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From Scholarly Scaffolding to the 3-Second Rule

This afternoon a friend of mine will be giving a job talk as part of an on-campus interview. She has done this several times before, but since she’s tackling a new topic, she gathered a group of colleagues last week for a trial run. My friend is an exceptionally talented scholar—that was abundantly clear in her talk—but, as specialists in criticism, our little focus group came up with a number of notes to improve her already compelling presentation. Several of those “advanced” job-talk ideas were fresh to me, and I thought I’d share a few of the more interesting pointers here.

1. Prepare off-the-cuff remarks to warm up the audience. Some of the most important aspects of the presentation are outside the scholarship itself. Instead of diving immediately into your notes, take a moment to speak directly to your audience in a more candid way.

This can begin with a simple thanks for their attendance, but while it should seem more casual and less academically crafted, preparation is key here. Important work can be done in these few brief sentences. Look at the informal introduction as an opportunity to provide additional scholarly scaffolding in support of two questions: Why is this research important in a general way to the life of the mind? And why has it captured your attention in a special way?

With sensitivity to the range of backgrounds represented in the room (are students present? faculty members from outside the department?), you should temper the remarks for greater or lesser specificity. Also, as someone shared in my friend’s walk-through, a good joke in these opening moments counts double in earning good will from the audience.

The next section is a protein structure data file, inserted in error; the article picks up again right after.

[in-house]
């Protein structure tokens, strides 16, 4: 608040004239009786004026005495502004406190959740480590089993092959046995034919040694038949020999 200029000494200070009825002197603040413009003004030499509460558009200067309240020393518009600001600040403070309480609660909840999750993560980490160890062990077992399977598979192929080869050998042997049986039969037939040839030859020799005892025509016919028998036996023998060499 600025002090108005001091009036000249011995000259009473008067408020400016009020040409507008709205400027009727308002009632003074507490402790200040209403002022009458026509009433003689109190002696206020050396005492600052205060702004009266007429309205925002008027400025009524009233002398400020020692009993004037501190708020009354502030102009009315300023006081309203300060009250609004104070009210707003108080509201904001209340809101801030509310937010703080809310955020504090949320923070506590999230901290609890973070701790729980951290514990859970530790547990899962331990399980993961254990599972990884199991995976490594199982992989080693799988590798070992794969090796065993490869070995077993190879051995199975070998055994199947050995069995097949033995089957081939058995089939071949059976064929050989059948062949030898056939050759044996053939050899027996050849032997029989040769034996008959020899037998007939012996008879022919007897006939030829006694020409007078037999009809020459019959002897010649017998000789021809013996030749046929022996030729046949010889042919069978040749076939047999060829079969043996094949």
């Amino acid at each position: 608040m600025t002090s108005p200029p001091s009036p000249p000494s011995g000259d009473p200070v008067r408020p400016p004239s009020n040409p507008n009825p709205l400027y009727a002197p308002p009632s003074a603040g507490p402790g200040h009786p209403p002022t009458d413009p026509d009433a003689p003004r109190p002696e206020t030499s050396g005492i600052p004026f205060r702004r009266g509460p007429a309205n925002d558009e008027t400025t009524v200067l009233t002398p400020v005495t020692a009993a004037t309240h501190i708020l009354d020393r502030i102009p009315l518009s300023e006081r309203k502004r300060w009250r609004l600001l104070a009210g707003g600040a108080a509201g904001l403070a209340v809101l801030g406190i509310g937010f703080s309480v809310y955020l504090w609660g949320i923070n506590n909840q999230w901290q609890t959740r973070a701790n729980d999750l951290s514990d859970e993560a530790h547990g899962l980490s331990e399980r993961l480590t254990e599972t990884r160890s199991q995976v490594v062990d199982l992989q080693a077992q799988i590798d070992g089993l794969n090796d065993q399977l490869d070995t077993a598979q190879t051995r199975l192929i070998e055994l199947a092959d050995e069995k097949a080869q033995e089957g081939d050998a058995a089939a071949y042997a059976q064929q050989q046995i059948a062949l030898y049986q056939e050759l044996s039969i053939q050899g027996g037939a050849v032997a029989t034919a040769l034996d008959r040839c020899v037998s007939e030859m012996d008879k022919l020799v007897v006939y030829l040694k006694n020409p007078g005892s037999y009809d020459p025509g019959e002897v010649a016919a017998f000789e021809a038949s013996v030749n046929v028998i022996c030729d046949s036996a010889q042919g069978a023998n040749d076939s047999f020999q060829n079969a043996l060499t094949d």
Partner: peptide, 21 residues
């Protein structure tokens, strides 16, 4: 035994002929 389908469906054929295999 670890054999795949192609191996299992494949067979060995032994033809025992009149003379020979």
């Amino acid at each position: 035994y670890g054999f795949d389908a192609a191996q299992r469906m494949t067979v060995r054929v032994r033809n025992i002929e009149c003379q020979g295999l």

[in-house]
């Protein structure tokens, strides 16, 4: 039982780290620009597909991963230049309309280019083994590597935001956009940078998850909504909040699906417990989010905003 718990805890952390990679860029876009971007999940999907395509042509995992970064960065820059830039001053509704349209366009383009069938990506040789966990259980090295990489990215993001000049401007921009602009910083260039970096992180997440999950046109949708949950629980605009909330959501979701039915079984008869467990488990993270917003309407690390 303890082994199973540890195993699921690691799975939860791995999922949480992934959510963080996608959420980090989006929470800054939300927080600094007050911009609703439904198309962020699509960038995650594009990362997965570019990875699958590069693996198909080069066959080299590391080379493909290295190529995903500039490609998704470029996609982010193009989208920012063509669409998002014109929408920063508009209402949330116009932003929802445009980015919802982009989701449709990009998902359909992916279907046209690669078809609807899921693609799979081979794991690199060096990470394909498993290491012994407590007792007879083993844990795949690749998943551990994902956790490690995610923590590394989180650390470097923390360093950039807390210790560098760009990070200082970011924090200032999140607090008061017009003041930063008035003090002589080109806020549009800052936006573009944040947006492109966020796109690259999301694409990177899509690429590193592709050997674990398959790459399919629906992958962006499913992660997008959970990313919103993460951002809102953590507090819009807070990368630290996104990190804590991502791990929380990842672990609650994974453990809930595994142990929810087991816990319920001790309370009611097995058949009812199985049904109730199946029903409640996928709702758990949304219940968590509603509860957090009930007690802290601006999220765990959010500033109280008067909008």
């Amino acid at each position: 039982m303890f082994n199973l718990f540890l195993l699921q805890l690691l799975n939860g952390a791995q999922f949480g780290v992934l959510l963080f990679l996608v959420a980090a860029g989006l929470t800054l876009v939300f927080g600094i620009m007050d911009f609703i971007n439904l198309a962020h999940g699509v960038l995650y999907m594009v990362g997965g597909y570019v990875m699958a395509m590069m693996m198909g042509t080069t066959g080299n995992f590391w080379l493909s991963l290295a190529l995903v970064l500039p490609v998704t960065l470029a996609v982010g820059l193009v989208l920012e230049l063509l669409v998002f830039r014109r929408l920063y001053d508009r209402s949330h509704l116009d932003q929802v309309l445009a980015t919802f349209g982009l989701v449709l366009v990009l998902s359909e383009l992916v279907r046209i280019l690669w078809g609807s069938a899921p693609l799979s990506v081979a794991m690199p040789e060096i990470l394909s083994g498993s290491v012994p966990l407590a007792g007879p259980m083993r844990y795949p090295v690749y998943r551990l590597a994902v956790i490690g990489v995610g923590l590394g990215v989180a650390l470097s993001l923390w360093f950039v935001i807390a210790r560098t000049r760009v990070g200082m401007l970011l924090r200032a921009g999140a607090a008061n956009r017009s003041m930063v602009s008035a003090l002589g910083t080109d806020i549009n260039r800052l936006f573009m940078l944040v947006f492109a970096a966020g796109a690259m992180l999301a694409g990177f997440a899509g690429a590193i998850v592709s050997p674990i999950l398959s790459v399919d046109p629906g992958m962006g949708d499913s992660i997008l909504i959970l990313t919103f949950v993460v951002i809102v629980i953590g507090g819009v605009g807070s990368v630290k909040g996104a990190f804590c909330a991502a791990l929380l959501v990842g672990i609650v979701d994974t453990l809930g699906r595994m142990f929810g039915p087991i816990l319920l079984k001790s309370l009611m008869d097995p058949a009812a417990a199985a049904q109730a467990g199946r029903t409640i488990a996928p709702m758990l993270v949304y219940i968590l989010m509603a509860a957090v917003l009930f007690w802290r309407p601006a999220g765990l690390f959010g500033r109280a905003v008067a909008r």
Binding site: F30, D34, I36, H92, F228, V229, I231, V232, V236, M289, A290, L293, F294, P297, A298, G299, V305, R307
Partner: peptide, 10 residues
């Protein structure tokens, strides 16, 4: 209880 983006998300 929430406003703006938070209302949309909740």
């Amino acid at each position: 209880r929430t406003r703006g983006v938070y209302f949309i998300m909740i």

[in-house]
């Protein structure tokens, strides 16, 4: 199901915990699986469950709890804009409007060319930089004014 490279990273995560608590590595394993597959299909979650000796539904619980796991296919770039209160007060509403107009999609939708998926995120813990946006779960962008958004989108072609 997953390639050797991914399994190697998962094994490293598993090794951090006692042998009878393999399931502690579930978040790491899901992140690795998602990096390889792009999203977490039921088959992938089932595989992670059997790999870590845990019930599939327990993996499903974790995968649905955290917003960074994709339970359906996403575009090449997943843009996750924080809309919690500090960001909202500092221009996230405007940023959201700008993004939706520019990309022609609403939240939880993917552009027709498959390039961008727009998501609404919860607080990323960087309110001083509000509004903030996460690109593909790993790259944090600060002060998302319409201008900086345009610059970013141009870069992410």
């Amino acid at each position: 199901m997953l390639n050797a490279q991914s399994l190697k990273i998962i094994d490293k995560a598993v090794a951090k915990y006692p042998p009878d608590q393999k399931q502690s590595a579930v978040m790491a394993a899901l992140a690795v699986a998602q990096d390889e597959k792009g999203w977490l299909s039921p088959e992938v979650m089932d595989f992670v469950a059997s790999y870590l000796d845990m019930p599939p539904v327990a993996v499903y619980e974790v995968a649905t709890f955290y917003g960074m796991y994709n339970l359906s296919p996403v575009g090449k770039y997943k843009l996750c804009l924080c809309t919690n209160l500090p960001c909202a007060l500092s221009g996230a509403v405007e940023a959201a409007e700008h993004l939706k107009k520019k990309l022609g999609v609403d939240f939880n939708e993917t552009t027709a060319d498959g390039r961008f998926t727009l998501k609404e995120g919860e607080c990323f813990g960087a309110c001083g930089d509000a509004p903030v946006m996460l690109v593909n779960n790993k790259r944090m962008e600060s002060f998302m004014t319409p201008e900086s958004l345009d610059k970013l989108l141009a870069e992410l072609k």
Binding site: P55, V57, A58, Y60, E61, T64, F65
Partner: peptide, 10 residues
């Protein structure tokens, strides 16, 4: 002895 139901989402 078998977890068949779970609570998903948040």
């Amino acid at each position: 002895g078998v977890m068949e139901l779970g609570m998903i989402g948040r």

2. Use your technology to pace the presentation. Whether you use Prezi or a paper handout (and it’s always good to have a handout to fall back on), design your materials not only to illustrate and support key points but also to guide the audience through the arc of the presentation.

Don’t be afraid of a basic outline. Roman numerals can help distinguish central tenets from local color, while giving you room to deliver both in an effective way. Plot the moments when you should change slides in order to best represent transitions in your argument.

And if you do rely more simply on a paper handout, avoid asking your audience to read complicated material while you discuss it. For most of us, the more intricate the information on the page or screen, the more likely we are to lose track of the discourse. You should think of the refocusing time after an image, audio-visual clip, printed quotation, etc., as a natural pause in your presentation. Use it strategically.

3. Answer each question in terms of how it piques your interest in a larger conversation. It can be tempting to treat posttalk inquiries as you would objections at a dissertation defense. You’ve probably thought through potential questions at such length that you can see some of them coming a mile away. But launching too quickly into definitive answers may seem defensive, “pre-canned,” or even dismissive of the audience.

Perhaps it’s a good rule to count to three after each query in order to give yourself time to take into account the specifics of this particular scrutiny and to show the seriousness with which you’re approaching the thought. Your answers to the questions should situate your work in relationship to individual audience members and to suggest, even subtly, possible avenues of collaboration. You can’t do that if you’re focused solely on getting to the right answer as quickly as possible.

Of course these notes are by no means an exhaustive list of what job candidates should consider as they prepare their talks. And the simple fact that I hadn’t heard these particular pointers before makes me wonder what other ideas have I been missing. In your experience, what aspects of the job talk are most frequently overlooked?

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